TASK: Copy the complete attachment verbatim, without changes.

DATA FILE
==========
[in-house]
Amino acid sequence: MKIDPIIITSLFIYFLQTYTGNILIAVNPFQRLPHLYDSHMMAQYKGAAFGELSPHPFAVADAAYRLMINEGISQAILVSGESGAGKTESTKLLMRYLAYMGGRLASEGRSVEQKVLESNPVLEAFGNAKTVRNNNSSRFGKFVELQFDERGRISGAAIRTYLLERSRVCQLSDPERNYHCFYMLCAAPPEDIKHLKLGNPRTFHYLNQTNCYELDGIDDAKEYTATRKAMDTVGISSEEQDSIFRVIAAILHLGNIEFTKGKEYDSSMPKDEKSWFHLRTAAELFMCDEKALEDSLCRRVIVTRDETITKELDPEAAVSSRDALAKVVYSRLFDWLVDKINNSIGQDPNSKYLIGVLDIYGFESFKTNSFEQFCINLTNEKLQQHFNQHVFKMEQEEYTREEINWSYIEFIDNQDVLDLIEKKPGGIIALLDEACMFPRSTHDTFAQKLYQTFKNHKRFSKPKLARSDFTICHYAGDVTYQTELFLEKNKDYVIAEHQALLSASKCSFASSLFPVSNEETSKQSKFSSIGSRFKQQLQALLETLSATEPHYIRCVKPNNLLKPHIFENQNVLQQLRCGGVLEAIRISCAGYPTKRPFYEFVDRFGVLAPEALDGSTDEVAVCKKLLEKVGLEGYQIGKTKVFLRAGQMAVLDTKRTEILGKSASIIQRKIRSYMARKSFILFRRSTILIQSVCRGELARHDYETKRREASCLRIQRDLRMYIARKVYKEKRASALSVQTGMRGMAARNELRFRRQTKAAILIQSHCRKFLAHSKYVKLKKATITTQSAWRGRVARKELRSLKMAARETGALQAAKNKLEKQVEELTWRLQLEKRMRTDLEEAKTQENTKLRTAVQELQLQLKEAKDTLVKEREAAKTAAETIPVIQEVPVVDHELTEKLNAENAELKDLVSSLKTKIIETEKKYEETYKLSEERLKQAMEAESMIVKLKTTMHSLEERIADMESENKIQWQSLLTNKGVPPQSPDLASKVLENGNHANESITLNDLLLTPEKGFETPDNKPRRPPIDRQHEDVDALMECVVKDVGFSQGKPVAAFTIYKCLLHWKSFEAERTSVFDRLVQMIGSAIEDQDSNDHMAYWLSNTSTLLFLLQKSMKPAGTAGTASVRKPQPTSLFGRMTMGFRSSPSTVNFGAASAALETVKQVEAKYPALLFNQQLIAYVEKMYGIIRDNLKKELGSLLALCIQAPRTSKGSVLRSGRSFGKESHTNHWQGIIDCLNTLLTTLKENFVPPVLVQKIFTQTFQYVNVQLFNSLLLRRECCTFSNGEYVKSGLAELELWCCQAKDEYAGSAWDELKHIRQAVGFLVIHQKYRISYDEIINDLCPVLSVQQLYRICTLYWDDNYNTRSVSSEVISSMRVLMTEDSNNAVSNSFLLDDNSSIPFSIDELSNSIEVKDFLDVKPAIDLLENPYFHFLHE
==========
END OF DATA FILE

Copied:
[in-house]
Amino acid sequence: MKIDPIIITSLFIYFLQTYTGNILIAVNPFQRLPHLYDSHMMAQYKGAAFGELSPHPFAVADAAYRLMINEGISQAILVSGESGAGKTESTKLLMRYLAYMGGRLASEGRSVEQKVLESNPVLEAFGNAKTVRNNNSSRFGKFVELQFDERGRISGAAIRTYLLERSRVCQLSDPERNYHCFYMLCAAPPEDIKHLKLGNPRTFHYLNQTNCYELDGIDDAKEYTATRKAMDTVGISSEEQDSIFRVIAAILHLGNIEFTKGKEYDSSMPKDEKSWFHLRTAAELFMCDEKALEDSLCRRVIVTRDETITKELDPEAAVSSRDALAKVVYSRLFDWLVDKINNSIGQDPNSKYLIGVLDIYGFESFKTNSFEQFCINLTNEKLQQHFNQHVFKMEQEEYTREEINWSYIEFIDNQDVLDLIEKKPGGIIALLDEACMFPRSTHDTFAQKLYQTFKNHKRFSKPKLARSDFTICHYAGDVTYQTELFLEKNKDYVIAEHQALLSASKCSFASSLFPVSNEETSKQSKFSSIGSRFKQQLQALLETLSATEPHYIRCVKPNNLLKPHIFENQNVLQQLRCGGVLEAIRISCAGYPTKRPFYEFVDRFGVLAPEALDGSTDEVAVCKKLLEKVGLEGYQIGKTKVFLRAGQMAVLDTKRTEILGKSASIIQRKIRSYMARKSFILFRRSTILIQSVCRGELARHDYETKRREASCLRIQRDLRMYIARKVYKEKRASALSVQTGMRGMAARNELRFRRQTKAAILIQSHCRKFLAHSKYVKLKKATITTQSAWRGRVARKELRSLKMAARETGALQAAKNKLEKQVEELTWRLQLEKRMRTDLEEAKTQENTKLRTAVQELQLQLKEAKDTLVKEREAAKTAAETIPVIQEVPVVDHELTEKLNAENAELKDLVSSLKTKIIETEKKYEETYKLSEERLKQAMEAESMIVKLKTTMHSLEERIADMESENKIQWQSLLTNKGVPPQSPDLASKVLENGNHANESITLNDLLLTPEKGFETPDNKPRRPPIDRQHEDVDALMECVVKDVGFSQGKPVAAFTIYKCLLHWKSFEAERTSVFDRLVQMIGSAIEDQDSNDHMAYWLSNTSTLLFLLQKSMKPAGTAGTASVRKPQPTSLFGRMTMGFRSSPSTVNFGAASAALETVKQVEAKYPALLFNQQLIAYVEKMYGIIRDNLKKELGSLLALCIQAPRTSKGSVLRSGRSFGKESHTNHWQGIIDCLNTLLTTLKENFVPPVLVQKIFTQTFQYVNVQLFNSLLLRRECCTFSNGEYVKSGLAELELWCCQAKDEYAGSAWDELKHIRQAVGFLVIHQKYRISYDEIINDLCPVLSVQQLYRICTLYWDDNYNTRSVSSEVISSMRVLMTEDSNNAVSNSFLLDDNSSIPFSIDELSNSIEVKDFLDVKPAIDLLENPYFHFLHE